Philadelphia City Councilmember Kenyatta Johnson maintains his innocence in the face of an impending federal indictment against him and his wife, political consultant Dawn Chavous.
“First, let me be clear: I am innocent. I did nothing wrong,” Johnson wrote in a statement Tuesday. “I am the victim of overzealous federal prosecutors who have spent the last five years looking for something to charge me with.”
For at least the last two years of the federal investigation, the city has paid out $75,000 for Patrick J. Egan of Fox Rothschild to represent the councilmember. A representative for the councilmember confirmed he expects the indictment to be announced in the coming days.
Spokesman Ben Waxman said that, based on the nature of the documents requested by the U.S. Attorney’s Office and questions that office asked of the councilmember, especially over the course of the last four or five months, he expects federal prosecutors will make a case arguing that the South Philadelphia nonprofit Universal Companies offered Chavous work in return for her husband’s help in getting zoning changes needed for a development project in 2014.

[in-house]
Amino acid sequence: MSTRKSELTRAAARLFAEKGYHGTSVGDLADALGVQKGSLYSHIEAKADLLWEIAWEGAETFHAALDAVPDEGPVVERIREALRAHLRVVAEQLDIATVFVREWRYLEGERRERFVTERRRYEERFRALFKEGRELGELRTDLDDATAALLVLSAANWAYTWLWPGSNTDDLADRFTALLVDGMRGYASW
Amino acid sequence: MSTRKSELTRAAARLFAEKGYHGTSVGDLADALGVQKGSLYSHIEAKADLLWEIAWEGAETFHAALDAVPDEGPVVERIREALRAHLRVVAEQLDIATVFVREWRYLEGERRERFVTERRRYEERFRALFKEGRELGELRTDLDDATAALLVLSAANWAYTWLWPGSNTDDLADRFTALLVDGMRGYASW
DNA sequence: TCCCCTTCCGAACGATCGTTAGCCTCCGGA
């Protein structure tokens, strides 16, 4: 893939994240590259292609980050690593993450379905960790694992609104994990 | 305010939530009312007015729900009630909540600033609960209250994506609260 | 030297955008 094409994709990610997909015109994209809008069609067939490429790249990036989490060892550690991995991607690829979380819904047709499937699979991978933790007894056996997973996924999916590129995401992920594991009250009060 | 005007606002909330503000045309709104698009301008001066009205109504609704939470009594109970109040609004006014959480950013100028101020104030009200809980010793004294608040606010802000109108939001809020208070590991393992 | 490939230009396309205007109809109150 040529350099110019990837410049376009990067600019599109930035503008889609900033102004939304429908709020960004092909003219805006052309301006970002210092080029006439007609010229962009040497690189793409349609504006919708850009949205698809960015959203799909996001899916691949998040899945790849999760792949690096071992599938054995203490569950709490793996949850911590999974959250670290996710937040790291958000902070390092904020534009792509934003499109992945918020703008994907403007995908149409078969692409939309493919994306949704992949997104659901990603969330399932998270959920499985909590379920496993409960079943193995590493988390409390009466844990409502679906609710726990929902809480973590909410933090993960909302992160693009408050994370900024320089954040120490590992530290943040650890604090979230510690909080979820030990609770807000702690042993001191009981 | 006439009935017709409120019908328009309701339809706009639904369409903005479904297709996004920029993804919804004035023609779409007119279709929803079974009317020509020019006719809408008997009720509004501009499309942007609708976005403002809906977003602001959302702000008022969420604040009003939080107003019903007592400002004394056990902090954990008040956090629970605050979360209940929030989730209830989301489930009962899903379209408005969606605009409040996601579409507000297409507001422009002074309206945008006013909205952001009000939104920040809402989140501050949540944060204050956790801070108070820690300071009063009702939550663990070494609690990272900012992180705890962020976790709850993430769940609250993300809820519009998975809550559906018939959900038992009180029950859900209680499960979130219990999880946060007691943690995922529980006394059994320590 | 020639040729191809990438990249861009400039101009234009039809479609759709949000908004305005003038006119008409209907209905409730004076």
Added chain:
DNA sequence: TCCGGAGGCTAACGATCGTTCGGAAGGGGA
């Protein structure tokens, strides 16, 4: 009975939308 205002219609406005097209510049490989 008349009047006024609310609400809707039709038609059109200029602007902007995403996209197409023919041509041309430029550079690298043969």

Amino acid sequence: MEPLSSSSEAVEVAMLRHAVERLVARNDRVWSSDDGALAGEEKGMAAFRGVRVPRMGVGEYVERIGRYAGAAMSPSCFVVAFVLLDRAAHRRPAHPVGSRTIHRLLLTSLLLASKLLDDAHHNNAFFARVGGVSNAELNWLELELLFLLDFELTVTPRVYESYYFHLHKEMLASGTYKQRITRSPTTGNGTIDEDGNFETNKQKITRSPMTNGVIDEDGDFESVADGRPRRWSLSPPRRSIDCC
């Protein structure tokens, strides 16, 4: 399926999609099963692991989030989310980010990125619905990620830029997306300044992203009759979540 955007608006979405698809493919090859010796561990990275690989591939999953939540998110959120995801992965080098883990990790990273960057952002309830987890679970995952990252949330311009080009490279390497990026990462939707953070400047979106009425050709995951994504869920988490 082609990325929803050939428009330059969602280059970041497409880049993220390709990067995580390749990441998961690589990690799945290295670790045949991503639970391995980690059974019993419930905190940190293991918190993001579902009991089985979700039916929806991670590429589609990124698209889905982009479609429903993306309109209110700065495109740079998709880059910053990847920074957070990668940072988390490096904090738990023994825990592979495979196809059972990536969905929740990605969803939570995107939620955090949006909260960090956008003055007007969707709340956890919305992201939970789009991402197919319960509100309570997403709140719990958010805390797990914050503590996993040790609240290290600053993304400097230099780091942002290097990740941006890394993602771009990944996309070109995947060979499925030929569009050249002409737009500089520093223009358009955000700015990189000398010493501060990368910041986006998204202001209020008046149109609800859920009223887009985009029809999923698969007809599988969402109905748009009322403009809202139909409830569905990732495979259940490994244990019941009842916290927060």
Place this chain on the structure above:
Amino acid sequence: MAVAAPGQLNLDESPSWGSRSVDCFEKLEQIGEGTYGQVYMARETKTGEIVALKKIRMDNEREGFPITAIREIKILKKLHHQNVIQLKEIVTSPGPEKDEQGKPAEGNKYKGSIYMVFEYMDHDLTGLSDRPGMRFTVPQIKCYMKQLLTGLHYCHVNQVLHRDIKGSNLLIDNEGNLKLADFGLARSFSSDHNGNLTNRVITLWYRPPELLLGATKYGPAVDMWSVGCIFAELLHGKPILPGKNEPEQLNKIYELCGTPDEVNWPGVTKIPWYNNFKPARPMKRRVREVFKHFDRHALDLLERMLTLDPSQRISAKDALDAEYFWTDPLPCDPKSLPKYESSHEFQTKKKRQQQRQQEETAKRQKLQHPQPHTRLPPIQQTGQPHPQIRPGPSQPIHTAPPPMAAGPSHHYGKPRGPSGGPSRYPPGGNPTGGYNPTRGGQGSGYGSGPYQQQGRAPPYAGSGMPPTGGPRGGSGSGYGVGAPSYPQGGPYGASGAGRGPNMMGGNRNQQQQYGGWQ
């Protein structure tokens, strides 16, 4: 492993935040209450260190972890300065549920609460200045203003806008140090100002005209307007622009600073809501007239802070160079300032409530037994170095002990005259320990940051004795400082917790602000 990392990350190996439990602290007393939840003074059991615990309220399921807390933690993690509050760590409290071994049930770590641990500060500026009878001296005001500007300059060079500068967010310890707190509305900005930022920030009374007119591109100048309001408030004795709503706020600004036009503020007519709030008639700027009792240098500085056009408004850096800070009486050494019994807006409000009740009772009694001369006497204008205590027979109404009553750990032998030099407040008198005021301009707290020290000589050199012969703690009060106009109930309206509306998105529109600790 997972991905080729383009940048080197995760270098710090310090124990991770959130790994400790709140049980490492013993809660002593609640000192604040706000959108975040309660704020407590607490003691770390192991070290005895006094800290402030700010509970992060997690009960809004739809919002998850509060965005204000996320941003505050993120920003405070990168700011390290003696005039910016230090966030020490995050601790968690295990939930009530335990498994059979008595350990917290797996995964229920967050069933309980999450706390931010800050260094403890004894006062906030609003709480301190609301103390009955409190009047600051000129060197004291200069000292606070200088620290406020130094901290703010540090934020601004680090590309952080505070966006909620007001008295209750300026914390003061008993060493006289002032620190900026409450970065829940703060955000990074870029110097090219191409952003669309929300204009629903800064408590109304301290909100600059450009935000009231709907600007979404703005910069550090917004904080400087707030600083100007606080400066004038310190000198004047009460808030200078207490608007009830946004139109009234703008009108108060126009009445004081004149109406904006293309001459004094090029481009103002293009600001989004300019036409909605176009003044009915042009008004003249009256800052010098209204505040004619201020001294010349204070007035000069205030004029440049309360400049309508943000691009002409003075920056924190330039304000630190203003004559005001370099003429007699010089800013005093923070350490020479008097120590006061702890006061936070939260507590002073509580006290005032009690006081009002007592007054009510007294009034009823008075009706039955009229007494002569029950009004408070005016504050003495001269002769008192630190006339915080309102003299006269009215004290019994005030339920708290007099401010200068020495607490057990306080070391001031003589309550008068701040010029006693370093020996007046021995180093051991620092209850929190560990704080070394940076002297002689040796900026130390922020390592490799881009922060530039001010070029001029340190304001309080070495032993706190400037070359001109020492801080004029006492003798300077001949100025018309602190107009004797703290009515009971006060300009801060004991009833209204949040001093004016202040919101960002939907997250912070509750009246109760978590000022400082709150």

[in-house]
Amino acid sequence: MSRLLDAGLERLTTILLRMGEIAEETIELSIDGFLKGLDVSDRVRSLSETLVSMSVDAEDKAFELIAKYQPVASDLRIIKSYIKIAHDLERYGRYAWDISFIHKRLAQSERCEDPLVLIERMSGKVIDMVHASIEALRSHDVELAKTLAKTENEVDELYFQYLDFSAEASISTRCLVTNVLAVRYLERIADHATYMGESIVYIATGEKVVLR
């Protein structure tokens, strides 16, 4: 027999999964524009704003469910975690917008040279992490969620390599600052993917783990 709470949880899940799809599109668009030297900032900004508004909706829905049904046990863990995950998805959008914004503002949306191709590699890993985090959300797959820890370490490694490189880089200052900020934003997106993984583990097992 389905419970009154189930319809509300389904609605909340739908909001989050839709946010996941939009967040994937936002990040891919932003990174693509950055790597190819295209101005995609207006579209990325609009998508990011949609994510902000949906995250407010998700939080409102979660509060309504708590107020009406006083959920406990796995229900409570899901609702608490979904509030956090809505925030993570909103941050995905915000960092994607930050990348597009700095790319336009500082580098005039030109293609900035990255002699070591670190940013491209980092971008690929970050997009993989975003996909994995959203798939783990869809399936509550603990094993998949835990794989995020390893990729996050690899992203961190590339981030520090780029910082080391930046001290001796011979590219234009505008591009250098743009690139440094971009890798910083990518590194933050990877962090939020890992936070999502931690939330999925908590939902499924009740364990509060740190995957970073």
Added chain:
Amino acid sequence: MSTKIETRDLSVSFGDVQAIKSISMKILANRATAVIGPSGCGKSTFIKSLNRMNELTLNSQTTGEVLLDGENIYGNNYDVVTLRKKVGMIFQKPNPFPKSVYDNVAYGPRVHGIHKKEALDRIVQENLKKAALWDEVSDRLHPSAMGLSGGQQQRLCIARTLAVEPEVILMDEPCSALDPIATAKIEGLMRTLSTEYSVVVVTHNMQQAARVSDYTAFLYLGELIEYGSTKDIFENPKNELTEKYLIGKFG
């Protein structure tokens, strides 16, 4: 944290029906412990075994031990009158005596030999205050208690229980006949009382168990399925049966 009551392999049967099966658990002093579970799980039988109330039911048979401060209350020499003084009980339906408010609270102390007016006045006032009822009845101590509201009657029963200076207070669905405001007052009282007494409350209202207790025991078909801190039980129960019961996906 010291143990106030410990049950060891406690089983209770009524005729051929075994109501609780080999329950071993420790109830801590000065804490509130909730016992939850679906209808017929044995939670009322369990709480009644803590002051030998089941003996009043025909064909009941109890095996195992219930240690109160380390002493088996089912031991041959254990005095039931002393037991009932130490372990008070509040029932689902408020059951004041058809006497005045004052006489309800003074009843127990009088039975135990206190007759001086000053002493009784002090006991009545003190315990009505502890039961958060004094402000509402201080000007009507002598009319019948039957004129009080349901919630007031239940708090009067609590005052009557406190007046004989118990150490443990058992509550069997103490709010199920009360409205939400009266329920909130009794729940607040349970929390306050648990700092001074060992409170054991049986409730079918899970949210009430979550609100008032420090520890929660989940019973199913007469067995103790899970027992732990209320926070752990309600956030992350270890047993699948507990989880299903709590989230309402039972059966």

The councilmember did push the legislation that permitted Universal’s plan to build a mixed-use project on the site of the historic Royal Theater on South Street while maintaining the historically-designated facade. Chavous was under contract to Universal as a consultant for its charter school operations during that time.
“She’s never needed help from me to land a job or make any other advancement in her career,” said Johnson of his wife in a statement. “Any claim that she didn’t earn her position is preposterous.”
Johnson, who represents Philadelphia’s Second District, said he plans to plead not guilty if charged with any crime.